Alese Graff, 12, isn't about to let worries of terrorist attacks, anthrax scares or an economic slowdown keep her from her No. 1 goal this Halloween season.
The fourth-grader at Pinckney School will dress up as a witch, grab a bag and hit the streets.
"Nobody's going to stop me from getting my candy," she said.
And she's not alone.
In a drive to shake the gloom of recent events, Americans are boosting their spending on the Halloween holiday this year, according to a national survey conducted this month by the International Mass Retail Assn.
The average consumer will spend $61 for costumes, candy and other Halloween goodies this season, the survey found, up from last year's $43.
"Americans are looking for a reason to have some fun in these trying times," said Robert Verdisco, the association's president. "This gives us all an excellent way to counter the real fears that the terrorists have tried to put in our hearts."
While overall sales are up at Fun & Games, 816 Mass., customer response to the Sept. 11 terrorist attacks on New York and Washington, D.C., have put the squeeze on patriotic supplies.
Manager Kyle Billings said he'd received repeated inquiries for Uncle Sam outfits, Statue of Liberty costumes and an array of otherwise red-white-and-blue accessories. But without time to order extras he put in for his costumes back in March he's watched a few sales slip away.
"I only ordered four children's fireman costumes, and I sold all those in September," he said Friday, busy filling requests for costumes in the back of the shop. "I could've sold 20."
Billings' situation is being repeated across the country, as costume companies struggle to accommodate customers' changing tastes, said Gregg Kearns, secretary-treasurer for the National Costumers Assn.
Gore-and-guts are out, he said, while nonviolent getups are making a comeback.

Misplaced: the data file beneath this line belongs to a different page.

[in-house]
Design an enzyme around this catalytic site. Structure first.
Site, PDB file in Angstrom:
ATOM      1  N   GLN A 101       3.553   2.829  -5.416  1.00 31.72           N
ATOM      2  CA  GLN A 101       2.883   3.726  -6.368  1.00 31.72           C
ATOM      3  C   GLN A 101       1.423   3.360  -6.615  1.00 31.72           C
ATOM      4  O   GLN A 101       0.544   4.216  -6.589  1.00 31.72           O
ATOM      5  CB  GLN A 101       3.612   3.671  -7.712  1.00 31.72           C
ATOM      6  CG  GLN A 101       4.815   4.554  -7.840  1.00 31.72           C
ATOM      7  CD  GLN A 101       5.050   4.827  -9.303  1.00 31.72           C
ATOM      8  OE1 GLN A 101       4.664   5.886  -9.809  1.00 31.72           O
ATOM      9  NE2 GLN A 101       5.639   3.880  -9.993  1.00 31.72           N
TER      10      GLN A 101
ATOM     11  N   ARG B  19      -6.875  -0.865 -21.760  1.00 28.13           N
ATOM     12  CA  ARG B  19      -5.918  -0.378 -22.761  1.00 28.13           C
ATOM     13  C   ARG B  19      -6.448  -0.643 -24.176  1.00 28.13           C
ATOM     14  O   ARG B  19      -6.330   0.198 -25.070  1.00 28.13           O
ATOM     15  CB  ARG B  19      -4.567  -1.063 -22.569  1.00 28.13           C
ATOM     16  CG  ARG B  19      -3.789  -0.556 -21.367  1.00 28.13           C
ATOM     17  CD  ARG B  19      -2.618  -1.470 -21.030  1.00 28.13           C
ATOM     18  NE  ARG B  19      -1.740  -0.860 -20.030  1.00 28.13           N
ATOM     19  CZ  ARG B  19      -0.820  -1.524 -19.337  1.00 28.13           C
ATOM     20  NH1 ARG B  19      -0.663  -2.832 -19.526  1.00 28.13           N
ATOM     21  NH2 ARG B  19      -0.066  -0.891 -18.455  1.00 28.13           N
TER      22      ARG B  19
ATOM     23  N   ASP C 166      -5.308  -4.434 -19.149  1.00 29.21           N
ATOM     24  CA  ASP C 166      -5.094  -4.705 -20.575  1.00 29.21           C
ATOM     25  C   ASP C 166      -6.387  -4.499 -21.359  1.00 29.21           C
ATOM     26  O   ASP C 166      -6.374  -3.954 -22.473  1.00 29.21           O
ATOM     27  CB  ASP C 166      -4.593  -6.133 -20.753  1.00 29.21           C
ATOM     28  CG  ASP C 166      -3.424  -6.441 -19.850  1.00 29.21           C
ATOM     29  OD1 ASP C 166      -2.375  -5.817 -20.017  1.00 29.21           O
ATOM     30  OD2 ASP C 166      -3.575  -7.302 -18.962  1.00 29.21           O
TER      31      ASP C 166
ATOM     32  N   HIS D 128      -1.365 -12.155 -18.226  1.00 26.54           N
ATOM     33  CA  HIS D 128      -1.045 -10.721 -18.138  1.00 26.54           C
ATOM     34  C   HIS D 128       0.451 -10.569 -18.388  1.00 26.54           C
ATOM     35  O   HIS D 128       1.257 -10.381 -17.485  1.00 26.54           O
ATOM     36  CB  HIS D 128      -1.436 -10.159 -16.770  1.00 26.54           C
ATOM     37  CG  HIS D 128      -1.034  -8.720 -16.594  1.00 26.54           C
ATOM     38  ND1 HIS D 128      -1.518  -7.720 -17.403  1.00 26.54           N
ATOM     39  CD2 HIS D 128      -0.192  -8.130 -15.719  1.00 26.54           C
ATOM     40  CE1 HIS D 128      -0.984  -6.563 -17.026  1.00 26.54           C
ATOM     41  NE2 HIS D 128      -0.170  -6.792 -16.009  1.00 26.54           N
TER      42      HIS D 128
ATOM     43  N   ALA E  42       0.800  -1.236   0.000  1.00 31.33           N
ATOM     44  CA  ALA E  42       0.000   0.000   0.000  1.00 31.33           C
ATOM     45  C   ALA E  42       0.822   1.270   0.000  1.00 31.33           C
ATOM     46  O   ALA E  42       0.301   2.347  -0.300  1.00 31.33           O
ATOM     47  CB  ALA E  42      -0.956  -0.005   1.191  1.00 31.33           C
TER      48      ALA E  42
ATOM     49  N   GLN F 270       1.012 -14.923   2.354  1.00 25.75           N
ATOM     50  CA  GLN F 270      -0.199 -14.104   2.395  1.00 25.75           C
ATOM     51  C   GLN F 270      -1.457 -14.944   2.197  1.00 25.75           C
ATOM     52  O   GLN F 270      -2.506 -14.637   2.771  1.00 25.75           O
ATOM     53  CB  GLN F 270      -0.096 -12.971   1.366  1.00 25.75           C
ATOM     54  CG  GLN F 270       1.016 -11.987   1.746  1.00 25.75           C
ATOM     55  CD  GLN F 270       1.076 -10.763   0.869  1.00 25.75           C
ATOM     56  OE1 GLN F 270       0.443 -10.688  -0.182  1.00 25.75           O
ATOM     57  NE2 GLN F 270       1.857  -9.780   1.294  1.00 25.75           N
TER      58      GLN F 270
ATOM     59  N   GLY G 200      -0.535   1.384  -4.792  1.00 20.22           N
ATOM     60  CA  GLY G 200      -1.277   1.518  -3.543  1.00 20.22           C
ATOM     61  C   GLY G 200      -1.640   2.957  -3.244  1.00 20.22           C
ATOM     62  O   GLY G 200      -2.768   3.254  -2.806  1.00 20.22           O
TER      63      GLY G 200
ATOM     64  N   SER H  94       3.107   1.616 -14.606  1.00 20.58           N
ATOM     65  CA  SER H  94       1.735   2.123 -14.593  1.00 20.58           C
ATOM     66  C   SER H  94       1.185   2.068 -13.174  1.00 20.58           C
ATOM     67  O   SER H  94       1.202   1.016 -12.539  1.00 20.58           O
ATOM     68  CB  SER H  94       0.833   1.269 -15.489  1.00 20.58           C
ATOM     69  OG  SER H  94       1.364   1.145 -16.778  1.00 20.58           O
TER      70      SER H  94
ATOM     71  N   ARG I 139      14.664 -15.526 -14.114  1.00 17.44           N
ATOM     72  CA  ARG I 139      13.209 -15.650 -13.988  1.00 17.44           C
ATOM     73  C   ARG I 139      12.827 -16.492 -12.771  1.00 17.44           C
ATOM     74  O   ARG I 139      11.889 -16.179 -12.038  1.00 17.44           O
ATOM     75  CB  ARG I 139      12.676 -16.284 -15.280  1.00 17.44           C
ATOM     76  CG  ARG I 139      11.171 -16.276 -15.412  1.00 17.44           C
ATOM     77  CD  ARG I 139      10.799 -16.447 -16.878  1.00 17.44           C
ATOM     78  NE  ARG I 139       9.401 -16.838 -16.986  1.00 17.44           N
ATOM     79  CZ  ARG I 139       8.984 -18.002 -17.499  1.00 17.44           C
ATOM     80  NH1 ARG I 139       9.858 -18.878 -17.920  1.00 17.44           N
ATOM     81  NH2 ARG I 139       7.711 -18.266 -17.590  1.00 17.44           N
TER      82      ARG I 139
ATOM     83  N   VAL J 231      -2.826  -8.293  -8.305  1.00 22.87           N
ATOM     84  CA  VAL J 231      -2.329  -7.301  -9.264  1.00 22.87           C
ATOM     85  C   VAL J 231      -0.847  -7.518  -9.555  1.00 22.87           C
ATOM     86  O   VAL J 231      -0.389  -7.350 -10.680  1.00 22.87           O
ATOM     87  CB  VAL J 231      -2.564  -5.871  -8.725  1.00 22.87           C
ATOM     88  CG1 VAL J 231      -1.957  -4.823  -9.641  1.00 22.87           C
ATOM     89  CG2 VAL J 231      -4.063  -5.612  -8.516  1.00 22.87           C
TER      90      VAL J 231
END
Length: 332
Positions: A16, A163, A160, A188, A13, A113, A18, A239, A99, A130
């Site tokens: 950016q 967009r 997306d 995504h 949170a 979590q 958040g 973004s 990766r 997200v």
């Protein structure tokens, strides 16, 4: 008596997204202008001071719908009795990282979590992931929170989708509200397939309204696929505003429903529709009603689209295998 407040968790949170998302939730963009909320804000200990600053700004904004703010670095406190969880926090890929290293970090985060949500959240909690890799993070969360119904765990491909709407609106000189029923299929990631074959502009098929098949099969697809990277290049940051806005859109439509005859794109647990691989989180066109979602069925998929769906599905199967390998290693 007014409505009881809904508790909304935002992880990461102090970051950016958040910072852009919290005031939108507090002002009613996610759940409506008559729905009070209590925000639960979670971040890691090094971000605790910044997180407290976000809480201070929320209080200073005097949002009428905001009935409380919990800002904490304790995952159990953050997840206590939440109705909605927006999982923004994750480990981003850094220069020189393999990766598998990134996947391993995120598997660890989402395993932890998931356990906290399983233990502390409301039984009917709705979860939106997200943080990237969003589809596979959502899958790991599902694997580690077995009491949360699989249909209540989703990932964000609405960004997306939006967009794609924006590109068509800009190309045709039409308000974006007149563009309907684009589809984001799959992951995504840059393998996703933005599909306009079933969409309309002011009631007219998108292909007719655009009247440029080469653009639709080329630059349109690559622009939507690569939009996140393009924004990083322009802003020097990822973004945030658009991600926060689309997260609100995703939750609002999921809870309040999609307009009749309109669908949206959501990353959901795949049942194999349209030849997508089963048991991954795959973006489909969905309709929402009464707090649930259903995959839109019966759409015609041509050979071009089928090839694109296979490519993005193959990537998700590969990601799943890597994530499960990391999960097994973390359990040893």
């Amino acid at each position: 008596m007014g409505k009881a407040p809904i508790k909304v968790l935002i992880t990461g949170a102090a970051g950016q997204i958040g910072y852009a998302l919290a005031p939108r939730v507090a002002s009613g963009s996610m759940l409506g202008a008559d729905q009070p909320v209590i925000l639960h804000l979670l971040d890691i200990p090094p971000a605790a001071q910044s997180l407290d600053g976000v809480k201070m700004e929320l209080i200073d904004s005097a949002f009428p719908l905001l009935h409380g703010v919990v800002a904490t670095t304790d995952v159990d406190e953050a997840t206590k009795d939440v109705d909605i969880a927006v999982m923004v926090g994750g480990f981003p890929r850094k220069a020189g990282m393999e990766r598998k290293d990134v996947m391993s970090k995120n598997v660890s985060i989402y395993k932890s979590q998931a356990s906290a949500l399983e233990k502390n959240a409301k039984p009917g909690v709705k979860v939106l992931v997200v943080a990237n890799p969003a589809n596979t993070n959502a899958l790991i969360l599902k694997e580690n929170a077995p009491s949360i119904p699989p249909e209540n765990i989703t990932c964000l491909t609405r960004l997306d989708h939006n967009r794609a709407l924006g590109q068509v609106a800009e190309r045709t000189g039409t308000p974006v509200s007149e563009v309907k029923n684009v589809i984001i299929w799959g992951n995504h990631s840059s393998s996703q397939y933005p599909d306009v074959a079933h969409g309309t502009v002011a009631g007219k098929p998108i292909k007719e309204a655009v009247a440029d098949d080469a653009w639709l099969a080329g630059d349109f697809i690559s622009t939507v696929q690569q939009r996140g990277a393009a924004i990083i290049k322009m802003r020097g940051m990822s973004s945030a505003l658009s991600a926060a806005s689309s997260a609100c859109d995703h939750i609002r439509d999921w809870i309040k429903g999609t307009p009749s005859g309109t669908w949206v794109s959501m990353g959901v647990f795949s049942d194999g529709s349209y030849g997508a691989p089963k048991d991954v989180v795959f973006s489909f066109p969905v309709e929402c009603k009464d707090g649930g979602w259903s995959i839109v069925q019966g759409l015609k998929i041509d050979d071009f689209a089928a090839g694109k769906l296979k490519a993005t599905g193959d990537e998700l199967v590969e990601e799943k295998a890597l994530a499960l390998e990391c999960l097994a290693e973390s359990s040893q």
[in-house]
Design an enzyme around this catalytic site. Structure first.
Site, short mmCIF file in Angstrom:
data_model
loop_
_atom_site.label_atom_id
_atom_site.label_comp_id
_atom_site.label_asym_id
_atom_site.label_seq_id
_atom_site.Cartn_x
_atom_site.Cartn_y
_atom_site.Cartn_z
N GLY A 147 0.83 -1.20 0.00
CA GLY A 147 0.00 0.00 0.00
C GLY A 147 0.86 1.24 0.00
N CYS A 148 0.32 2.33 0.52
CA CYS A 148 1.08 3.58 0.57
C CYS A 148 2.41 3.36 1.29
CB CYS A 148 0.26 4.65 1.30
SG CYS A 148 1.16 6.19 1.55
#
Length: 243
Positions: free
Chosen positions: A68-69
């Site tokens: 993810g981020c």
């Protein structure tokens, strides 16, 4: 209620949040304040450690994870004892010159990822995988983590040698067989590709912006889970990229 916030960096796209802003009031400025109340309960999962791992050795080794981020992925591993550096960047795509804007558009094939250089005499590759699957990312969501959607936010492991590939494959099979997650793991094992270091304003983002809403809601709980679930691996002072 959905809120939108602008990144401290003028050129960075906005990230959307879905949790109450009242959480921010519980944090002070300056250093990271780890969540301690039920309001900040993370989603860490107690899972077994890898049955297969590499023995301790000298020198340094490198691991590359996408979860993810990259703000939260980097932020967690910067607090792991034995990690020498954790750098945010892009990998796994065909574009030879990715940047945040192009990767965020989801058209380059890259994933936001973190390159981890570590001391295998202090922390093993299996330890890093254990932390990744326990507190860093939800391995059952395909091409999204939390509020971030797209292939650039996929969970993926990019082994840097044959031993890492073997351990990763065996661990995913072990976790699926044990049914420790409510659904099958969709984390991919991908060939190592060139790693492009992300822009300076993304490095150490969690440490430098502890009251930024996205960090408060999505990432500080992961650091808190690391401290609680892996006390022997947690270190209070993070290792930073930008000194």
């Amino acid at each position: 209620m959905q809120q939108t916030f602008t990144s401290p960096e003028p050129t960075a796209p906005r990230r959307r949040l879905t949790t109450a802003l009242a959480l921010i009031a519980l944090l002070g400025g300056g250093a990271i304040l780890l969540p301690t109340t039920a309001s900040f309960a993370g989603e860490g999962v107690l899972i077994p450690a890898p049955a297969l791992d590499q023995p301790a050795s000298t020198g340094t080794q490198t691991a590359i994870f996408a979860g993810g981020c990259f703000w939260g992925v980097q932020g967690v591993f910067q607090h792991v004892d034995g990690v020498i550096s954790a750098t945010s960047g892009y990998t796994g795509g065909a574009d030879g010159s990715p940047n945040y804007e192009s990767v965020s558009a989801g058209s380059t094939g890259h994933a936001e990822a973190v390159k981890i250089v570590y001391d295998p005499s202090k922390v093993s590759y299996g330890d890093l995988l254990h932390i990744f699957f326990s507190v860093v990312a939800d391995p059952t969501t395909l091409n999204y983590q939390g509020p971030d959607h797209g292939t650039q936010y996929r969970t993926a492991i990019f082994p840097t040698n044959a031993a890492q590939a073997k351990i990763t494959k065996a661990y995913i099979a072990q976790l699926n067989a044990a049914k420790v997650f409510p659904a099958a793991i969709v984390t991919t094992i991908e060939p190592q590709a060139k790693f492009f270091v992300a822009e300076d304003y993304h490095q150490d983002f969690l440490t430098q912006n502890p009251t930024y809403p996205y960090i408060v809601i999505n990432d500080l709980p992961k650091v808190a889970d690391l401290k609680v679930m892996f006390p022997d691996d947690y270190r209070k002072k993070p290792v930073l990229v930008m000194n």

"It's kind of a good year when it goes back to the traditional stuff witches and pirates and draculas and princesses for the girls," said Kearns, who owns four costume shops in Ohio. "You can carry that stuff every year and not have to worry about being trendy. There wasn't anything to be hot this year anyway. There were no hot movies this summer."
At Sarah's Fabrics, 925 Mass., customers have focused less on gore and more, perhaps, on looking to score, said Kathy Barland, who runs the shop's costume-rental area.
"The girls tend to want to be a little more risqua little bit more way out there," Barland said. "Everybody's kind of realizing that a little something extra can make a ho-hum situation more fun."
At SuperTarget, boys are transforming into Superman and Batman, while girls are going for Barbies and "the pink Power Ranger," said Christina Thornton, the store's seasonal team leader.
"The kids' costumes are just flying," she said. "I can barely keep them on the shelves."
Costume sales are off a bit at Wal-Mart, but offerings such as the Crocodile Hunter are too hot to keep in stock, said Darian Childers, a clerk in the seasonal area.
Back at Fun & Games, Allison Mueller did her part to keep Halloween spending up. The Kansas University sophomore dropped $53 on a "tavern wench" costume for herself and a Jimi Hendrix wig for her boyfriend.
Mueller didn't mind cutting into her rent money for a little escape.
"Halloween's a fun time," she said. "It'll be worth it."